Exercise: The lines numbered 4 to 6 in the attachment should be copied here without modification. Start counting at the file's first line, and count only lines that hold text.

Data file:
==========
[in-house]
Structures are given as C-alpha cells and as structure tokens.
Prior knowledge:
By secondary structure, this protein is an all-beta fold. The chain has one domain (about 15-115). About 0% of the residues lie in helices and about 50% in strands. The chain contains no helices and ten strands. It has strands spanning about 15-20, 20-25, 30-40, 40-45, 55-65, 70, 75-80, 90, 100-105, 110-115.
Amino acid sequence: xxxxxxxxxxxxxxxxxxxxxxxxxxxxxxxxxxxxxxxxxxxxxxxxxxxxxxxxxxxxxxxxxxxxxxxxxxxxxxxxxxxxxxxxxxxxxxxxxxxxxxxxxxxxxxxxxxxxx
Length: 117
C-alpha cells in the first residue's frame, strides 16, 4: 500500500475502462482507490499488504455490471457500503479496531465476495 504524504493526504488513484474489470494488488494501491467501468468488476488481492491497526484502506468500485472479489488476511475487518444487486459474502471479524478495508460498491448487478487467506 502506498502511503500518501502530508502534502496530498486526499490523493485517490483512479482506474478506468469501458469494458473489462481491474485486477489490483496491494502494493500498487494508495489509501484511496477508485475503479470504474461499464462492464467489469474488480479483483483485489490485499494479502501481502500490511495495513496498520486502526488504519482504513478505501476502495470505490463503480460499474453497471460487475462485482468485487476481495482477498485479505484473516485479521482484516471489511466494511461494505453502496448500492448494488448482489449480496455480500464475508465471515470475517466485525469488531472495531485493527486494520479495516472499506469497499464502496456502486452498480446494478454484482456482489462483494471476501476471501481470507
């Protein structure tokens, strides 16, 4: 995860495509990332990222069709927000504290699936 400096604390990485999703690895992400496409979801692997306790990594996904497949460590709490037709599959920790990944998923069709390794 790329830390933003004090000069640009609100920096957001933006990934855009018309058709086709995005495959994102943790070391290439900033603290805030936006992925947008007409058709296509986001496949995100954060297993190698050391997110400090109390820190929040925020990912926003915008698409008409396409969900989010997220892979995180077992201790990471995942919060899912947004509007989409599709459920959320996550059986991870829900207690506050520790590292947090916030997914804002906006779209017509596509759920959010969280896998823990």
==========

By secondary structure, this protein is an all-beta fold. The chain has one domain (about 15-115). About 0% of the residues lie in helices and about 50% in strands. The chain contains no helices and ten strands. It has strands spanning about 15-20, 20-25, 30-40, 40-45, 55-65, 70, 75-80, 90, 100-105, 110-115.
Amino acid sequence: xxxxxxxxxxxxxxxxxxxxxxxxxxxxxxxxxxxxxxxxxxxxxxxxxxxxxxxxxxxxxxxxxxxxxxxxxxxxxxxxxxxxxxxxxxxxxxxxxxxxxxxxxxxxxxxxxxxxx
Length: 117